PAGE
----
Bordeaux, Port of the Moon
Gem of Rennaisance urban planning
Introduction to Bordeaux, Port of the Moon
A stunning city in southwest France, Bordeaux has been touted as a gem of Renaissance-era urban planning and is lauded for its architectural treasures of the same era. Long an important port city, Bordeaux played a sizeable role in the linking of France to Britain and the Low Lands, prompting the sharing of not only material goods but also cultural values with the people of those regions. Furthermore, this port city has more protected buildings than any other French city except Paris, attesting to its major historical significance.
Bordeaux – Guide
Truly, Bordeaux – particularly the UNESCO section – is an architectural treasure, so those touring the city will want to take the time to visit the many notable structures that represent Bordeaux’s 18th century architectural renaissance.
When this reconstruction began, it was decided that the city needed an opera house. Hence, the Grand Theatre was built. This stunning neoclassical building with its 12 Corinthian columns took seven years to complete and holds about 1,100 guests. Above the columns are 12 notable statues that represent the nine muses and three additional goddesses. The Grand Theatre remains the oldest wooden framed opera house in Europe and was renovated once again in 1991, restoring its ornate blue and gold interior.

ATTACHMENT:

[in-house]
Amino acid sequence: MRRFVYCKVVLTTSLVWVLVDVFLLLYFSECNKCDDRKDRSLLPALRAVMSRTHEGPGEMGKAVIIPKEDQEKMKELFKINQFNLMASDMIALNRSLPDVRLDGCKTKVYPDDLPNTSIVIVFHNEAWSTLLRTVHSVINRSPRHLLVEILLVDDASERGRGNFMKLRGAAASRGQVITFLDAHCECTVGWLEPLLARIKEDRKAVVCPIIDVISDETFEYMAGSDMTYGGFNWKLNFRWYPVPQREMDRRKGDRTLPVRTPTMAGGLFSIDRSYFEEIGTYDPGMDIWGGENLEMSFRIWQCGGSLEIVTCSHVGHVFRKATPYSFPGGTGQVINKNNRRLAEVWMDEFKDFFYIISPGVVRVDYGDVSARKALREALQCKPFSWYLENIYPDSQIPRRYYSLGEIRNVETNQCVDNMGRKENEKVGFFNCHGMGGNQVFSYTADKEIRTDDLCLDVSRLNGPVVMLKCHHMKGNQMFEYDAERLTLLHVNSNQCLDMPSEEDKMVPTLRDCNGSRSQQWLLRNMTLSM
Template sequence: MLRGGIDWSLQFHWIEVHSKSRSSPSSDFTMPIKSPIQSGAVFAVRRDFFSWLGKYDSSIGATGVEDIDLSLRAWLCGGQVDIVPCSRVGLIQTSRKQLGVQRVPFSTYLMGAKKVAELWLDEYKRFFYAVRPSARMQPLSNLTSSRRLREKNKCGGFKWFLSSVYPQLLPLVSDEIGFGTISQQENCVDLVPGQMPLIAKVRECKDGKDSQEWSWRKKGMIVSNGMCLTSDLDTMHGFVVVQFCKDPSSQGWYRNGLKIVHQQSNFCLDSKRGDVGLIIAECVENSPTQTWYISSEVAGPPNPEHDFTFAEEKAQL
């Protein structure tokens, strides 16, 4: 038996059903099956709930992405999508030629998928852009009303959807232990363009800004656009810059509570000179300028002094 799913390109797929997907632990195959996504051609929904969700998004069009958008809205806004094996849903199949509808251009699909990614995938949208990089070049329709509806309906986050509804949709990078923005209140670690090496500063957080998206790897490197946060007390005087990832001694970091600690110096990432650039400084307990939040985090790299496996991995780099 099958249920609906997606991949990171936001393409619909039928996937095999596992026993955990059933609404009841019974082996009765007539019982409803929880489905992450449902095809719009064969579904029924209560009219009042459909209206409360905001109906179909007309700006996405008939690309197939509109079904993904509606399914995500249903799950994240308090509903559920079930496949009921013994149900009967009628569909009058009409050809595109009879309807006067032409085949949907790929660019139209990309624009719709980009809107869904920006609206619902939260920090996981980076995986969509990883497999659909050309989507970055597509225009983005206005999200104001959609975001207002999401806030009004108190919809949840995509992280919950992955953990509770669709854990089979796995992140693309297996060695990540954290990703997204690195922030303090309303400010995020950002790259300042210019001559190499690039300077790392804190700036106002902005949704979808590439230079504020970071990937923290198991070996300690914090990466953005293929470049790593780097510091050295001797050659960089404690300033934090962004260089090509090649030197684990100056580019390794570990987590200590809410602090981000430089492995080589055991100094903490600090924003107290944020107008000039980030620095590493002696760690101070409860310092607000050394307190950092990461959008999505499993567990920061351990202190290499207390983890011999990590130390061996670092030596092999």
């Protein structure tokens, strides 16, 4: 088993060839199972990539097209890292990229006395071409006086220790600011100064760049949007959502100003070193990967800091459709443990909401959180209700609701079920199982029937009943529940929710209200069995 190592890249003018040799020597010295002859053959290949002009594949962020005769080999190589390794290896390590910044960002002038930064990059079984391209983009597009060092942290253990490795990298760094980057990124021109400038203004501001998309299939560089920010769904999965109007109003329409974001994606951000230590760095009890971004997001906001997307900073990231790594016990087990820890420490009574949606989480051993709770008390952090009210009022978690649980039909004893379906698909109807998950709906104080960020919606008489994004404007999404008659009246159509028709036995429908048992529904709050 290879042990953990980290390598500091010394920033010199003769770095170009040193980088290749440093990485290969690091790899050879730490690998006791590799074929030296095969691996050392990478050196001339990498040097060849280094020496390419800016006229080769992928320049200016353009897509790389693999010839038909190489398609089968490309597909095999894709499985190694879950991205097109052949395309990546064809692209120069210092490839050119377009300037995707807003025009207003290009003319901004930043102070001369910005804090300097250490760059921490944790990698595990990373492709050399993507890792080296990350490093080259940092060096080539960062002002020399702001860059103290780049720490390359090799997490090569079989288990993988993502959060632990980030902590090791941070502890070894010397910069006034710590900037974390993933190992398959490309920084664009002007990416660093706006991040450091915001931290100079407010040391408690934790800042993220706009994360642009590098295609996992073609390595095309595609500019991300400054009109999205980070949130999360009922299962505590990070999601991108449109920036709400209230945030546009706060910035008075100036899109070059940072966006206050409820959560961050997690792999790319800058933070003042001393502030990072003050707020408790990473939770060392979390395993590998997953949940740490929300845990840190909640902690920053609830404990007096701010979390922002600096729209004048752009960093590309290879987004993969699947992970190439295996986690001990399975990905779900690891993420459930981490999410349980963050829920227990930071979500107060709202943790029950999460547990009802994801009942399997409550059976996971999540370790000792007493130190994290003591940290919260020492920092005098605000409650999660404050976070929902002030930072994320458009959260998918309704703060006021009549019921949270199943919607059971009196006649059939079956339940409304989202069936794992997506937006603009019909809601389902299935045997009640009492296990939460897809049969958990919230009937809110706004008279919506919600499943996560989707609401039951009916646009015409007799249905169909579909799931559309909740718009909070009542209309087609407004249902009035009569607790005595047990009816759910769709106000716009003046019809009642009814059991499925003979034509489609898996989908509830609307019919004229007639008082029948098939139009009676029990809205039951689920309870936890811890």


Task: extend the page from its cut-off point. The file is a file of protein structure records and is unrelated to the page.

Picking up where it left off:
The Palais Rohan was built for the Archbishop of Bordeaux beginning in 1771 and was completed 13 years later. The building’s front and rear grand facades are identical and include central porticos indicative of the style of the era. Inside, the palace boasts a grand staircase, salons featuring sculpted lime woodwork, and a dining room decorated with trompe-l’oeil detail (images that appear to be three-dimensional).
The buildings of the quay – or riverfront – are simply a treasure to behold. The local government decided it was essential to improve this area since it was the first site many would see when approaching the city. The centerpiece is the Place de la Bourse (aka Place Royale), with its symmetrical palace-like facades that reflect in the magnificent water mirror, especially at night when it is fully lighted. It’s a breathtaking sight!
Also worth visiting is the public garden, created during the same era as well. Visitors enter through a beautiful wrought iron gate into a green oasis that is the perfect place to relax and enjoy the sunshine. Aside from flowers and trees, there’s a natural history museum inside the park and a number of sculptures and other notable monuments.
- Known as “Port of the Moon” due to the crescent moon-shaped bending of the River Garonne.
- Bordeaux was an important market town during Roman times
- Much of Bordeaux’s downtown was built during the 18th century
- The city and surrounding area is an important wine-producing region